Opinion

Four pieces of advice for freshmen

Illustration by Silvana Arguello

Illustration by Silvana Arguello

 

Those of us with younger siblings know what it’s like to fall victim to our parents’ request to “talk to your sibling, you know she never listens to us.” In my case, my parents asked me to sprinkle in college advice throughout the summer to my sister, who started her freshman year this fall at Georgia Tech.

I never thought I would thank my parents for handing the task down to me, but until they did, I hadn’t considered how much my first year had actually taught me. So, young grasshoppers, if you want a cheesy article to tell you that “it goes by so quickly” or “it’s okay to cry,” you can check Facebook for those “18 Things Every 18-Year-Old Girl Should Know” posts.  If you actually want to make the most of this year, read on.

1. No one has as many real friends as they do on social media.

Freshman year is basically a mad rush to take as many pictures as possible holding Solo Cups in front of American flags at frat parties, so you can show all your friends that you have friends (and weekend plans). There are actually scientific studies that show that Facebook increases anxiety and depression because it shows you – usually untruthfully – how much fun everyone else is having.

Freshmen: don’t be fooled. I thought I was the only one who didn’t have an eat dinner, go out, study group-clique for the first few months of school. When I started sophomore year, almost everyone I talked to said things like, “Yeah, I felt like I had no friends freshman year, and honestly, there were times when I wasn’t even sure if I liked it here.” If you feel awkward and left out every now and then, you’re not alone. Just keep your mind open to meeting new people, because chances are there are more people looking for friends than Instagram suggests.

2. Read the syllabus. 

In my high school (and I’m going to assume most other high schools), my teachers reminded us about exams a week in advance, took class time to explain what was expected of us on projects and spelled out required readings. You could say I was used to a certain degree of spoon-feeding.

Public service announcement: The purpose of a syllabus is that professors won’t have to use class time to remind you of dates. During my freshman year, my professors would be teaching a lesson and casually throw in a hint about remembering information for the test in two days – to which no one else reacted to while I was breaking out into a cold sweat in the back of the classroom. It took me months to realize that everyone else had taken all their classes’ syllabi (never say that word out loud, it’s grammatically correct, but you’ll sound like a moron) and written down exam dates, required readings and assignment due dates. You’re expected to be aware of them. Even if you never read one textbook or a word of required reading, at least read the syllabus so you know what you were supposed to have done.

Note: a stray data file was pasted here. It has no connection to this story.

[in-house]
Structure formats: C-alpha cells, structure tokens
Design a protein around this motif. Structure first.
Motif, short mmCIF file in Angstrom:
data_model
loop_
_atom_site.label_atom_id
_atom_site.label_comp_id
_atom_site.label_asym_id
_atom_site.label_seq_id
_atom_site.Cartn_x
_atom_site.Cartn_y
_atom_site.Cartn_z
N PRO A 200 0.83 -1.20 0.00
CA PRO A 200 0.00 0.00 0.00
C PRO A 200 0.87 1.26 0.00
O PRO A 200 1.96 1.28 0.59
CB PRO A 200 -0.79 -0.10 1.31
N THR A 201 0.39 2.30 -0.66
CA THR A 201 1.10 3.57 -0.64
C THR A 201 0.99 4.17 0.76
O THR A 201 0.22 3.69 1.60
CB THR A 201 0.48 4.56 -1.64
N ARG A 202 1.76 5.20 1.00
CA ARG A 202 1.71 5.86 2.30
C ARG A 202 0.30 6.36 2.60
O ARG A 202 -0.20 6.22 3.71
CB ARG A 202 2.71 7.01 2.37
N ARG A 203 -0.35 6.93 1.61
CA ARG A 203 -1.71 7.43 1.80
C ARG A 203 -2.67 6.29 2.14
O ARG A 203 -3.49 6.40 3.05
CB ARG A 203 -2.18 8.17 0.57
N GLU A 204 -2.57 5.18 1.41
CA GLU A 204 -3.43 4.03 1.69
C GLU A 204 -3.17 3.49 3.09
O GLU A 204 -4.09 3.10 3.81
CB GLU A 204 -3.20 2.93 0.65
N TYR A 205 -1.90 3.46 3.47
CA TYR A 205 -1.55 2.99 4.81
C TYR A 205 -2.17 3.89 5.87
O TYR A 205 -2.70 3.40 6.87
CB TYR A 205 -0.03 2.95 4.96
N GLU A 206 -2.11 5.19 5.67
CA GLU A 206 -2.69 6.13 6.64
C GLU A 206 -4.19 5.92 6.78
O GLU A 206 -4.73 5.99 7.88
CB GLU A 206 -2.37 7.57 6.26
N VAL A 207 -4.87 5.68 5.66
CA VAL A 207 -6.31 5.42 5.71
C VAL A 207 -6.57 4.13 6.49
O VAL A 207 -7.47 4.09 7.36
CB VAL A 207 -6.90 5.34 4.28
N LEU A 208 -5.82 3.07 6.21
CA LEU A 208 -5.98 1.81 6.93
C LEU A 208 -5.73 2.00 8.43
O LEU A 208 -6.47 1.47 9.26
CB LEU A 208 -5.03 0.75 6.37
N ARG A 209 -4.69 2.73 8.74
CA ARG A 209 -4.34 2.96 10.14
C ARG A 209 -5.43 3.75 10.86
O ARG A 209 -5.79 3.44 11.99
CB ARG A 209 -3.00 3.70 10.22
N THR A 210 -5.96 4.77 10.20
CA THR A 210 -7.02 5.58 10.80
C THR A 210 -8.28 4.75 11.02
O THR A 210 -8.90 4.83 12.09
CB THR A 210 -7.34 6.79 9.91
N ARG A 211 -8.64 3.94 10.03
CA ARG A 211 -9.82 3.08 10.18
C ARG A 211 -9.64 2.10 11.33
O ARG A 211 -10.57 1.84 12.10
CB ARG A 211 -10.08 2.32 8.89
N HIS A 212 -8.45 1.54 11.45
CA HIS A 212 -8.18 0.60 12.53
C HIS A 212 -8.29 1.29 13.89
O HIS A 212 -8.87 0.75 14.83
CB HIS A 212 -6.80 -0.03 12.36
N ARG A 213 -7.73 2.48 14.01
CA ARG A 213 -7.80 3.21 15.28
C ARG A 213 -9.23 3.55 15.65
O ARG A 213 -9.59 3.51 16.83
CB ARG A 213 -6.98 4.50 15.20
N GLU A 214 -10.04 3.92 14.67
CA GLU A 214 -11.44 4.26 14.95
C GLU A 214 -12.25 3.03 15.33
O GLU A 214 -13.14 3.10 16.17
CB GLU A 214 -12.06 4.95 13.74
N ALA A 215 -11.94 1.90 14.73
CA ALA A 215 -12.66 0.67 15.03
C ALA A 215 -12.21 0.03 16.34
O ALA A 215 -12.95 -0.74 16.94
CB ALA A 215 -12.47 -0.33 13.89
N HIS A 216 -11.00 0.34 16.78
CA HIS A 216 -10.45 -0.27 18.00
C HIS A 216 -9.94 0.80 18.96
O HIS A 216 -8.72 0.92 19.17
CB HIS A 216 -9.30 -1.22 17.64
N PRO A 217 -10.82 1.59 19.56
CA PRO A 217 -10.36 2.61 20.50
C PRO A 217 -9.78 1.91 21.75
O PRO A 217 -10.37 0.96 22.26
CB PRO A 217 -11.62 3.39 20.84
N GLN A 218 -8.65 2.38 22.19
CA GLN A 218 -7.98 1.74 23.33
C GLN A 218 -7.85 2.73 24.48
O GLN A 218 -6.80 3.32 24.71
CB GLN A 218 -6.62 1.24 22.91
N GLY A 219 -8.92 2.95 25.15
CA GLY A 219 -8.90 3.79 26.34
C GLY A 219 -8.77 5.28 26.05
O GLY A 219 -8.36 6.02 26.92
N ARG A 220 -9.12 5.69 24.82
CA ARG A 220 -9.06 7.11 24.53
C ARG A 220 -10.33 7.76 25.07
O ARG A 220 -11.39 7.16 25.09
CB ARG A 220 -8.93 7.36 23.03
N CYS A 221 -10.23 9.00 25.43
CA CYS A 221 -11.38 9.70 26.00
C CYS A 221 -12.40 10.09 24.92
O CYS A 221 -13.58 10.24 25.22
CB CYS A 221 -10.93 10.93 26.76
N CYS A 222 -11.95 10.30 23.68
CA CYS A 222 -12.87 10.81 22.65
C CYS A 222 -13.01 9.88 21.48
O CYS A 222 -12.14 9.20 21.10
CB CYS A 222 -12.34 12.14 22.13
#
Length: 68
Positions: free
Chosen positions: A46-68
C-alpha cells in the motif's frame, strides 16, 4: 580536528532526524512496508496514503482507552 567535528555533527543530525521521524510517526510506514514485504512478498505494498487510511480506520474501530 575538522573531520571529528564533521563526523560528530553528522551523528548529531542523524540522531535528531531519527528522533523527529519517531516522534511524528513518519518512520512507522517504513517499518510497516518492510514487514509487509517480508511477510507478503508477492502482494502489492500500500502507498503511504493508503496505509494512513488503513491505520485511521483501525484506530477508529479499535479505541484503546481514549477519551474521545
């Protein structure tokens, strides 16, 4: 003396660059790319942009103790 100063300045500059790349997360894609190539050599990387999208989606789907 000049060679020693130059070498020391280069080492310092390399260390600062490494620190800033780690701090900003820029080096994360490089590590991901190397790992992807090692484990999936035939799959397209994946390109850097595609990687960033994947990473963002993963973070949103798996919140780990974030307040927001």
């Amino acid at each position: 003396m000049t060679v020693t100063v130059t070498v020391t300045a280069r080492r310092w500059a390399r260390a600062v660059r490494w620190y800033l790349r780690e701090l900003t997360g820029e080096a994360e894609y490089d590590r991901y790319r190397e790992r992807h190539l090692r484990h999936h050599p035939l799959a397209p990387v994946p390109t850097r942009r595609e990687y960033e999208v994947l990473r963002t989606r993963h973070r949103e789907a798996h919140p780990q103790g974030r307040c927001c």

3. Boys are not toys.

I understand that to some, romance is all about the chase. To others, there’s no need for the chase because, well, Tinder. However, ladies and gents, no matter how long your personal affairs last, no matter what you do or whom you do, don’t play with people. Whether you’re going to hit it and quit it or try for a long-term relationship, you’ve got to communicate what you’re looking for. Guys: don’t sleep with the girl who thinks it will turn into something more if you don’t think it will. Girls: don’t lead on the guy who’s tutoring you if you know he’s destined for the friend zone. I’ll be the first to admit that a lack of communication ruined a lot of my relationships during my freshman year. Use your words. There’s nothing wrong with being a Tinder fiend, as long as you’re matching with someone whose intentions match yours.

4.  Clubs on campus before clubs in Brickell.

There will never be another time in your life when your responsibilities are simply to study, make friends and do the things you enjoy. You will realize all too soon that there is absolutely nothing like college, so why not make memories that you can remember the next day? I’m not against a few nights every now and then when you and your wolfpack go a little nuts and piece together the night with some Advil the next day. But the majority of your time in college should be spent pursuing experiences that will shape you into a better learner, team member and leader. Although college is the only time that you can be forgiven for immaturity, the world is much less forgiving after graduation. Activities that require you to be over 21 will always be around when you leave college, but the chance to develop into a 21-plus adult will not be.

Nayna Shah is a junior majoring in biology. 

September 27, 2015

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Nayna Shah


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